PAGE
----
Results 1 to 8 of 8
  1. #1
    Sungron is offline Member
    Join Date
    Jan 2010
    Posts
    10
    Rep Power
    0

    Default deleting objects? how to free a class (JVM)

    Okay, I have allocated new class from C code...
    Java Code:
    jobject obj = env->AllocObject(objClass)
    But I got no idea what should I do when "obj" is no longer needed, how to tell jvm to free it? Are there any "delete" operators in Java or "delete" functions in jdk?

  2. #2
    Fubarable's Avatar
    Fubarable is offline Moderator
    Join Date
    Jun 2008
    Posts
    19,316
    Blog Entries
    1
    Rep Power
    26

    Default

    Welcome to Java. This is one of the places where Java is vastly different from C/C++. You don't delete or free objects in Java. Instead you should use them in the most limited scope possible. When they are no longer needed, the JVM frees them from memory for you.

  3. #3
    Turtle is offline Member
    Join Date
    Nov 2007
    Location
    New Zealand
    Posts
    36
    Rep Power
    0

    Default

    Furbarable is right.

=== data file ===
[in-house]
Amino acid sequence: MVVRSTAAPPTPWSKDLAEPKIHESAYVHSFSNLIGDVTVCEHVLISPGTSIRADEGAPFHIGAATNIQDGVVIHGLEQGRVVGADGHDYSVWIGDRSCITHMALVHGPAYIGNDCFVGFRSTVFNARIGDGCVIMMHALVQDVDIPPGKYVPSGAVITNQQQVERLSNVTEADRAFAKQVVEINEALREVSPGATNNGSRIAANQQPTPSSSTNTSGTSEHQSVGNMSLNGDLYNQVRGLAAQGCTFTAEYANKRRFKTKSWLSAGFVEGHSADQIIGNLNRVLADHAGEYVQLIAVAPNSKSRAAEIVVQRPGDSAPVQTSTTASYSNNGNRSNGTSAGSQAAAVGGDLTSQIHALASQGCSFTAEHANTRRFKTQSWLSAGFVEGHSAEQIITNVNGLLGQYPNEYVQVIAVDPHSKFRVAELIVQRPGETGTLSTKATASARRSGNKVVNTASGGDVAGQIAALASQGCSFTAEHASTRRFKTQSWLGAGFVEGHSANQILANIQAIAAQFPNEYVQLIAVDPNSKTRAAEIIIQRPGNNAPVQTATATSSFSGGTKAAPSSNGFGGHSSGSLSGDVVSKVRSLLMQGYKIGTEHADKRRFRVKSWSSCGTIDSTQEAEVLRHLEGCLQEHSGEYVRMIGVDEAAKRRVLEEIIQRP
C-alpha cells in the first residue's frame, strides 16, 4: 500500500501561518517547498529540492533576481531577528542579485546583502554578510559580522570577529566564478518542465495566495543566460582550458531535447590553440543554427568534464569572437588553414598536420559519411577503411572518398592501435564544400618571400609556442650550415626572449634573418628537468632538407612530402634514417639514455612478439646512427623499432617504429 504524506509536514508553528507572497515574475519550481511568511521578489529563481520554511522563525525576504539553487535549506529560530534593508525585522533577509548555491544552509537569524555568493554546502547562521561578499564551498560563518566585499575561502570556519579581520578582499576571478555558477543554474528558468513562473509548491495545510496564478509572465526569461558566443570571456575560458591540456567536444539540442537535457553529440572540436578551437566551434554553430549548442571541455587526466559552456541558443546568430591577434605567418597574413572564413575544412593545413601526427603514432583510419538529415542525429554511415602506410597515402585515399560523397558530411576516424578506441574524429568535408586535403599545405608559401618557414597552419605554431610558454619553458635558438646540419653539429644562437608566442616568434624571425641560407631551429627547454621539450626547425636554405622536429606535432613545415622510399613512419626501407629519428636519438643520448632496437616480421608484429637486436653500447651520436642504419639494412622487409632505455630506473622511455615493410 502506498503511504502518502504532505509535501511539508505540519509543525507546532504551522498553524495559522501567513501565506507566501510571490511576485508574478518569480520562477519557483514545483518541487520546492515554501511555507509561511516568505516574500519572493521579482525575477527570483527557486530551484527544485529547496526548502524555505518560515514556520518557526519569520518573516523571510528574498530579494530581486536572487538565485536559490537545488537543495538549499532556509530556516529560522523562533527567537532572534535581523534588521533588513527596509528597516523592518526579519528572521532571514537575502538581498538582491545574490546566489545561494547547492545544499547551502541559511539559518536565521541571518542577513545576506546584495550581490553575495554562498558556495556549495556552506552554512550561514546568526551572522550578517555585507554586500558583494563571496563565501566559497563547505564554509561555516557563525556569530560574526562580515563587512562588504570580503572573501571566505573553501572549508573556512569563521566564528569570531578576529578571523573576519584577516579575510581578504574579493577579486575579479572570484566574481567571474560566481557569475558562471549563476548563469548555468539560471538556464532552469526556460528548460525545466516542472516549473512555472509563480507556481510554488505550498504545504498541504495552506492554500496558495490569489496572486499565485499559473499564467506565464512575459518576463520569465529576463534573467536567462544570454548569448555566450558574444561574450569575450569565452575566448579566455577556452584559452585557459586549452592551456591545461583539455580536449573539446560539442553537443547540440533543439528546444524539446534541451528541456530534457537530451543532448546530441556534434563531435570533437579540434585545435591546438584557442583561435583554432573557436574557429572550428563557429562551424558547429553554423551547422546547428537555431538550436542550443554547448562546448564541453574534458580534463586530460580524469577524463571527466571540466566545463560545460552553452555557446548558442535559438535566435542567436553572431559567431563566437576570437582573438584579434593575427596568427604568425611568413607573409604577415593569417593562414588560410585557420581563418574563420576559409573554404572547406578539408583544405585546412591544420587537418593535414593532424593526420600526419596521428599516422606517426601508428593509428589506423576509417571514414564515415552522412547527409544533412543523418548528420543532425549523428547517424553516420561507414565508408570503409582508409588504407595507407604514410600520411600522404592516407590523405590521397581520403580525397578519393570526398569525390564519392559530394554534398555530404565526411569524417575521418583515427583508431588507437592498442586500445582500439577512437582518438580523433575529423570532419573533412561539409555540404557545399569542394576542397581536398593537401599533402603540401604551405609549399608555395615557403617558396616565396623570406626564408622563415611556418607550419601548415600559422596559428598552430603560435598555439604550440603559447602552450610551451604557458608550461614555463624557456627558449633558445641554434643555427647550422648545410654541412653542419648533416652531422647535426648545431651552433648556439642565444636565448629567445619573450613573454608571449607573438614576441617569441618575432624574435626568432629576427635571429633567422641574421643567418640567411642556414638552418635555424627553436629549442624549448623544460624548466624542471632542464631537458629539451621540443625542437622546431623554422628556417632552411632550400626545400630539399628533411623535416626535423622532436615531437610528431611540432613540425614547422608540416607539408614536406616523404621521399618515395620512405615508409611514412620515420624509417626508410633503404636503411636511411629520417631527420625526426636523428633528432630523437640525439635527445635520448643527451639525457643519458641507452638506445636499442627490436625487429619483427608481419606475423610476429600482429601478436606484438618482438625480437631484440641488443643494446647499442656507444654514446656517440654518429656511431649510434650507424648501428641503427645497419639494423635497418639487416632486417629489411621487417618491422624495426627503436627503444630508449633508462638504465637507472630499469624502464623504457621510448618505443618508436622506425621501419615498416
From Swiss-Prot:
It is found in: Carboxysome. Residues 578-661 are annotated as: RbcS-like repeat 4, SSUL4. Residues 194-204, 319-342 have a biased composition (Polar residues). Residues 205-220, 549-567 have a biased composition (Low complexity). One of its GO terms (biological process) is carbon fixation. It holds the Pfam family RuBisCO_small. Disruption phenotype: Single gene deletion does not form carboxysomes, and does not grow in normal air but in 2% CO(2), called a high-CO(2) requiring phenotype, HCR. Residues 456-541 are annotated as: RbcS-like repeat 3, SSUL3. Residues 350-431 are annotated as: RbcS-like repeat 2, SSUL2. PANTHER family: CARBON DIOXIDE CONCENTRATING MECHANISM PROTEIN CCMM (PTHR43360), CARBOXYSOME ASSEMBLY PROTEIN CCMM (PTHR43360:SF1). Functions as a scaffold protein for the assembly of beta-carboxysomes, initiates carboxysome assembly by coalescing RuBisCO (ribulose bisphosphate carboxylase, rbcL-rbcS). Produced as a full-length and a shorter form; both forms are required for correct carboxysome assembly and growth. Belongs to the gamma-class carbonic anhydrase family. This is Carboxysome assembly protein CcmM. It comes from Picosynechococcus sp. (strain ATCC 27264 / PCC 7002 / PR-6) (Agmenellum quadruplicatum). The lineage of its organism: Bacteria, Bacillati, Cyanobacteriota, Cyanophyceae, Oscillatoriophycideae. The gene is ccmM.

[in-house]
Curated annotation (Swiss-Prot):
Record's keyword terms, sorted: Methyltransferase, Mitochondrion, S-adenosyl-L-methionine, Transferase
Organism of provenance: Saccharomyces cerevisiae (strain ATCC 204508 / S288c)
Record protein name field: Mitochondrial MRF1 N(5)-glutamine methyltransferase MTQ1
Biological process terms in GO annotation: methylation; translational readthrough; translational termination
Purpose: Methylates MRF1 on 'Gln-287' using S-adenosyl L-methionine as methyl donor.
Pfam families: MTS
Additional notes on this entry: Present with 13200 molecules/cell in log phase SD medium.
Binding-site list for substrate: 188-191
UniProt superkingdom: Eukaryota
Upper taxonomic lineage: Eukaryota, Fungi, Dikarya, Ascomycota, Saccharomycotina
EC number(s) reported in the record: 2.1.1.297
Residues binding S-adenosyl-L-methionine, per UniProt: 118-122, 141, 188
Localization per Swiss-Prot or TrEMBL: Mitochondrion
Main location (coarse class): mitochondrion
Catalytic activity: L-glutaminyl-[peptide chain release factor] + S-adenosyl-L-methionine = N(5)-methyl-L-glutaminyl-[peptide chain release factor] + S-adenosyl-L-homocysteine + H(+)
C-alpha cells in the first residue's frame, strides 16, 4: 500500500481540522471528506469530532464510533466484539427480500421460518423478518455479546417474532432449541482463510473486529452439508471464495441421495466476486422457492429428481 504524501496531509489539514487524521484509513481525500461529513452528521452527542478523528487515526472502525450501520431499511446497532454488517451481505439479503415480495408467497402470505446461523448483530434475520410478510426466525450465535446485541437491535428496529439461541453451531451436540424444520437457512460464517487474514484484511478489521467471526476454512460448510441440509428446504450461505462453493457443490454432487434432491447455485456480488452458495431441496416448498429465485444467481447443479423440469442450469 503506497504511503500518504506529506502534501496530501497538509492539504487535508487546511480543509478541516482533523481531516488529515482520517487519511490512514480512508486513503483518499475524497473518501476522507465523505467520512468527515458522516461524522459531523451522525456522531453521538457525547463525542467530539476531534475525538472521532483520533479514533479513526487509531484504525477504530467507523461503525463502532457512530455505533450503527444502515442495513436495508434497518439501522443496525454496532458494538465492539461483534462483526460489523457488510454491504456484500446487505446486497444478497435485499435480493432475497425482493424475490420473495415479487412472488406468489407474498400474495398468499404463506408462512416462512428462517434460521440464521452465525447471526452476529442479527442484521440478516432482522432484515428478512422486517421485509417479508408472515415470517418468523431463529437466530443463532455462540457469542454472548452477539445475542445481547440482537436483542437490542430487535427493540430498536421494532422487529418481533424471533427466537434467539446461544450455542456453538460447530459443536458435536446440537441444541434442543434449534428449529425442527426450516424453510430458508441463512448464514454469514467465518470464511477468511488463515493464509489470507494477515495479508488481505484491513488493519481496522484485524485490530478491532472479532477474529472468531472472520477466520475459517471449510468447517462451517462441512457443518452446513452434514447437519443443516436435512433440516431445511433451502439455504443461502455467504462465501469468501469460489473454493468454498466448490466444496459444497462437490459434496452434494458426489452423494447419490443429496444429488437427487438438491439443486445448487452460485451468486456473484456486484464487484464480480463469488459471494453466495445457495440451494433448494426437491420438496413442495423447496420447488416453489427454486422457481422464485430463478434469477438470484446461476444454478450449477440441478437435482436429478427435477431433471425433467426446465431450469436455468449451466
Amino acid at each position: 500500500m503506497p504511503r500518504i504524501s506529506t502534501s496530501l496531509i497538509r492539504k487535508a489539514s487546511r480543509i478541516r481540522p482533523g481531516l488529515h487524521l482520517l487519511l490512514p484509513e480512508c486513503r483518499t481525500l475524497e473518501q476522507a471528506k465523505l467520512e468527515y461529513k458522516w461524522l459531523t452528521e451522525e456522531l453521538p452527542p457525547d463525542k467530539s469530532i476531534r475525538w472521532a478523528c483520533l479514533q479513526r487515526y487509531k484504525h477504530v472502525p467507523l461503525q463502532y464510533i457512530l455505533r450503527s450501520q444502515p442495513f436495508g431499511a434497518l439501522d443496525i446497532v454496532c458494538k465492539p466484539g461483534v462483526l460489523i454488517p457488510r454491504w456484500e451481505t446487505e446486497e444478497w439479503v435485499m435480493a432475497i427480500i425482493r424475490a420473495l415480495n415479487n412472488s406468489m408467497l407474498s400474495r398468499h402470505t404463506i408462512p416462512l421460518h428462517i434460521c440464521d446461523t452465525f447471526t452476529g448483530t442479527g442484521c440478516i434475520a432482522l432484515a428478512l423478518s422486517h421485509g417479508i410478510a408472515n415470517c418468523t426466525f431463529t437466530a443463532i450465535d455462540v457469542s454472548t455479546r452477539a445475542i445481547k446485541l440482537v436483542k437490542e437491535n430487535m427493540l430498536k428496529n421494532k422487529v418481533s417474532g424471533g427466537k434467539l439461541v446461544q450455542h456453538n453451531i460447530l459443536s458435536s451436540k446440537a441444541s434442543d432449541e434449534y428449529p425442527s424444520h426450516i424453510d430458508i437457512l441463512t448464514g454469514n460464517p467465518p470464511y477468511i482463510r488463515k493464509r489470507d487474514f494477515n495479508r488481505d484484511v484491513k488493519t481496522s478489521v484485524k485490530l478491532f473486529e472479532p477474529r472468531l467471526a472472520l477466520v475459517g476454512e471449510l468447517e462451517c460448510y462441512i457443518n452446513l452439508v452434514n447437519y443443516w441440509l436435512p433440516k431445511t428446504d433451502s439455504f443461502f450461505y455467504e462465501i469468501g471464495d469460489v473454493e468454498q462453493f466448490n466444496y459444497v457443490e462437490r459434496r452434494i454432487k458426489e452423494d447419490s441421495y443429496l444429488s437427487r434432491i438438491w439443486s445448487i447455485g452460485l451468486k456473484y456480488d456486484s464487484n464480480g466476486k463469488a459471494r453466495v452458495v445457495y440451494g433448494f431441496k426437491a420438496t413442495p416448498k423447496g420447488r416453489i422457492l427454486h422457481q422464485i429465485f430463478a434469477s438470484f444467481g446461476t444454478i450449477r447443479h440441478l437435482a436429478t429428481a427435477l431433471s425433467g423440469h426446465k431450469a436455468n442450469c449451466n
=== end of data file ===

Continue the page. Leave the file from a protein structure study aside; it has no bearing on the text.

When there is no reference to an object it will automatically be "garbage collected" (and this is achieved with limited scope)

    Assigning null to all references for an object will also achieve this.
    ie.

    Object a = new Object();
    Object b = a;

    a = null; // won't be garbage collected yet because of b reference
    b = null; // will be "eligable" for garbage collection

    But exactly when the garbage collection process happens depends on the JVM.

    It is possible to add something akin to a destructor by providing a finalize method. But it is better practice to explicitly do your own clean up work, as you don't know when the JVM will free up un-referenced objects.

    Happy coding :-)
    Last edited by Turtle; 02-02-2010 at 02:07 PM. Reason: did not include words "null to"

  4. #4
    Sungron is offline Member
    Join Date
    Jan 2010
    Posts
    10
    Rep Power
    0

    Default

    Huh, I heard about it....
    but it seems strange, how can Java know when object created from C code is no longer needed?